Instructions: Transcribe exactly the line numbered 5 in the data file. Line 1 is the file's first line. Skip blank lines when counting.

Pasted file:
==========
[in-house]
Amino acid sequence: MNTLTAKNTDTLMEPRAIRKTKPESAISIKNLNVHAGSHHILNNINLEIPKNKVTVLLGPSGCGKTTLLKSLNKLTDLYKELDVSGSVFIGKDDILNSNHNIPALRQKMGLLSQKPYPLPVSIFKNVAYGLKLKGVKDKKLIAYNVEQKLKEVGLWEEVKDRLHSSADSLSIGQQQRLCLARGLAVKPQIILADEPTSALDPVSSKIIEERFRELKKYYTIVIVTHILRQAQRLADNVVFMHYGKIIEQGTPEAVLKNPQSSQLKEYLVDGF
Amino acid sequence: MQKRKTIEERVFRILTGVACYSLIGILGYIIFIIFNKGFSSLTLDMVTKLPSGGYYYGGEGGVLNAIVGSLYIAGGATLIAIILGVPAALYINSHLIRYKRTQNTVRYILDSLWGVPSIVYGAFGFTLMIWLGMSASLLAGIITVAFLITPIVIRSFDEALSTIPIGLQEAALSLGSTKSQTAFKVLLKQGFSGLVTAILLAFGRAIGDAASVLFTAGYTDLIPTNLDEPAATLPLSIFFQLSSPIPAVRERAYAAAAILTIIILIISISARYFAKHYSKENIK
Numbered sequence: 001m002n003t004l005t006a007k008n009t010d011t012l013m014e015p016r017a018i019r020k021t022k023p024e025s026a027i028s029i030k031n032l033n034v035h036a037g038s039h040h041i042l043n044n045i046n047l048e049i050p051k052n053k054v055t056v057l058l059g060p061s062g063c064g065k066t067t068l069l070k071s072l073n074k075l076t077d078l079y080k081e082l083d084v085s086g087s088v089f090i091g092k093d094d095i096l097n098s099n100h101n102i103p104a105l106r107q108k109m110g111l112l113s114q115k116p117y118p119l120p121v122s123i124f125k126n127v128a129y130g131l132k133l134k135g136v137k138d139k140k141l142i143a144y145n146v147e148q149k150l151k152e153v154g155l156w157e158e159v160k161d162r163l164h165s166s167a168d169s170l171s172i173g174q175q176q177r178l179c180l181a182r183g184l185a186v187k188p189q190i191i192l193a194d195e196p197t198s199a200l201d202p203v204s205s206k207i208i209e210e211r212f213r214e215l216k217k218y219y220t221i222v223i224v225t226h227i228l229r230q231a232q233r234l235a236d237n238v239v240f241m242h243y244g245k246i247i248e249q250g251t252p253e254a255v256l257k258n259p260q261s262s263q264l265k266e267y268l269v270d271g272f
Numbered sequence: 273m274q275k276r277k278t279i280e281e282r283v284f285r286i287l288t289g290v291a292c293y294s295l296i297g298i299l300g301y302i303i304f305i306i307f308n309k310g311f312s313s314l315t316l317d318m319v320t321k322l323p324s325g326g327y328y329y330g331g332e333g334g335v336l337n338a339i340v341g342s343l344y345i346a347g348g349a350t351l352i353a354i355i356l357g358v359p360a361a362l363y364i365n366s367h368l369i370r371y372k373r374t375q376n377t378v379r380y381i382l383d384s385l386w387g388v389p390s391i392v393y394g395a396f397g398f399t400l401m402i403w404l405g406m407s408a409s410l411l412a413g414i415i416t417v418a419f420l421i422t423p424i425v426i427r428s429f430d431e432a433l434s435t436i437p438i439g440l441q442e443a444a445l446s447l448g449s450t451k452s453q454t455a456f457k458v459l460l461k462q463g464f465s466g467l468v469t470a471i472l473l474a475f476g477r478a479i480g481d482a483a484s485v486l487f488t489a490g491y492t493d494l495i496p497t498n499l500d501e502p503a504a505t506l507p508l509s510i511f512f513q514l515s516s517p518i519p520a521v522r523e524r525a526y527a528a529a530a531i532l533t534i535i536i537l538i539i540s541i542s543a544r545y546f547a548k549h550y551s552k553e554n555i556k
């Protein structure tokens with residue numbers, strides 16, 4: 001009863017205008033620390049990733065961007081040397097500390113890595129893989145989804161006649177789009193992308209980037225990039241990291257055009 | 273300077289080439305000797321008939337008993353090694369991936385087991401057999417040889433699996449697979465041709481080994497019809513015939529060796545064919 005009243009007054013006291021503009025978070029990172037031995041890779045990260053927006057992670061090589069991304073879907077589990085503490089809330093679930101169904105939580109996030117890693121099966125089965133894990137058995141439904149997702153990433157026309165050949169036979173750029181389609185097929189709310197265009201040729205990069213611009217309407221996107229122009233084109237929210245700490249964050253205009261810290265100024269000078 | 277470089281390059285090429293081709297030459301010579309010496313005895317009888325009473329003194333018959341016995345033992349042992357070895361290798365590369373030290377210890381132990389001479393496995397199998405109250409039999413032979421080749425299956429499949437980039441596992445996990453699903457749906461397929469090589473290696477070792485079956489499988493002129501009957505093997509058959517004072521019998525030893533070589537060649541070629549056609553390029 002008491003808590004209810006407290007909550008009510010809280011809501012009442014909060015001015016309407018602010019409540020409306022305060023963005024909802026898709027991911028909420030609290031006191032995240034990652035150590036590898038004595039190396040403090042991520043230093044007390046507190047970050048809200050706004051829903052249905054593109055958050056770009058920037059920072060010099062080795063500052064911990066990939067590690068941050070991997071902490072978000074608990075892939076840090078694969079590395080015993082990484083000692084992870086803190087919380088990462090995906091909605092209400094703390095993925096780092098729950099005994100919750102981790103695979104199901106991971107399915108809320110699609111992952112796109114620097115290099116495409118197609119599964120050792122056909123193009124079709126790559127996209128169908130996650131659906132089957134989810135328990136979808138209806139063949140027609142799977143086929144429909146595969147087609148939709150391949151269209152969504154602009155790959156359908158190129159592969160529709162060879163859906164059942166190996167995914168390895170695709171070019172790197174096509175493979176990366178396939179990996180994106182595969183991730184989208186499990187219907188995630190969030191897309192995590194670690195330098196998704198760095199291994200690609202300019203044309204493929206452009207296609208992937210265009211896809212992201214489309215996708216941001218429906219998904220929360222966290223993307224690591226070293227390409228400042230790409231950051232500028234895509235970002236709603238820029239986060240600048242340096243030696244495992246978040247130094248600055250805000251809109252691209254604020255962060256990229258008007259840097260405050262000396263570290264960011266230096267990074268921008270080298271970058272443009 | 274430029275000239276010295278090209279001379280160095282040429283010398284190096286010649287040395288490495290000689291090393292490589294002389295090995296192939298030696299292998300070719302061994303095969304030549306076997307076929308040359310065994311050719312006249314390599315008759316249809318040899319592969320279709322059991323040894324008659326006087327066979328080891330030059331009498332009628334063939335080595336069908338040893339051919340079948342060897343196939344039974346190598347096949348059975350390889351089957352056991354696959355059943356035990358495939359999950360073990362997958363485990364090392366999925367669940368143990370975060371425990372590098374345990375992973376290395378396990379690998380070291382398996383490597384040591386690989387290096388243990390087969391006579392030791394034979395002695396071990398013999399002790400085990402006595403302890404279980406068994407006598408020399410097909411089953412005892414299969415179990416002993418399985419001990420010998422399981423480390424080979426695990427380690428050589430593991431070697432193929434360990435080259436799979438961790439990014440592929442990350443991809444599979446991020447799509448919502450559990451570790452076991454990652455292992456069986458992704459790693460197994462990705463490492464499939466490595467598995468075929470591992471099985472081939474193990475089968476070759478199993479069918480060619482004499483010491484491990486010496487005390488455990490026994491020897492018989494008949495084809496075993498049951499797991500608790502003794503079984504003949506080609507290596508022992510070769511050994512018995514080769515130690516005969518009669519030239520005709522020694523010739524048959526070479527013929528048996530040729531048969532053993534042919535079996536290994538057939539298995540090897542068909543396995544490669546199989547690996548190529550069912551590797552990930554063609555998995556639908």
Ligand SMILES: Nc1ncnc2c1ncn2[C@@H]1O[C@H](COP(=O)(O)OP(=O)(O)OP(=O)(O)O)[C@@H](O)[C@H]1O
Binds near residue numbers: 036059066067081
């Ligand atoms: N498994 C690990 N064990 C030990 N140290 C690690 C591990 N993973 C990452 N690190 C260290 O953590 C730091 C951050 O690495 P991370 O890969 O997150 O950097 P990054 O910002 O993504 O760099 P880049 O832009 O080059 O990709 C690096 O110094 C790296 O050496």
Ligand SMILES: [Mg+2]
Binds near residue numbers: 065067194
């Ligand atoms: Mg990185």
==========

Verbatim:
Numbered sequence: 273m274q275k276r277k278t279i280e281e282r283v284f285r286i287l288t289g290v291a292c293y294s295l296i297g298i299l300g301y302i303i304f305i306i307f308n309k310g311f312s313s314l315t316l317d318m319v320t321k322l323p324s325g326g327y328y329y330g331g332e333g334g335v336l337n338a339i340v341g342s343l344y345i346a347g348g349a350t351l352i353a354i355i356l357g358v359p360a361a362l363y364i365n366s367h368l369i370r371y372k373r374t375q376n377t378v379r380y381i382l383d384s385l386w387g388v389p390s391i392v393y394g395a396f397g398f399t400l401m402i403w404l405g406m407s408a409s410l411l412a413g414i415i416t417v418a419f420l421i422t423p424i425v426i427r428s429f430d431e432a433l434s435t436i437p438i439g440l441q442e443a444a445l446s447l448g449s450t451k452s453q454t455a456f457k458v459l460l461k462q463g464f465s466g467l468v469t470a471i472l473l474a475f476g477r478a479i480g481d482a483a484s485v486l487f488t489a490g491y492t493d494l495i496p497t498n499l500d501e502p503a504a505t506l507p508l509s510i511f512f513q514l515s516s517p518i519p520a521v522r523e524r525a526y527a528a529a530a531i532l533t534i535i536i537l538i539i540s541i542s543a544r545y546f547a548k549h550y551s552k553e554n555i556k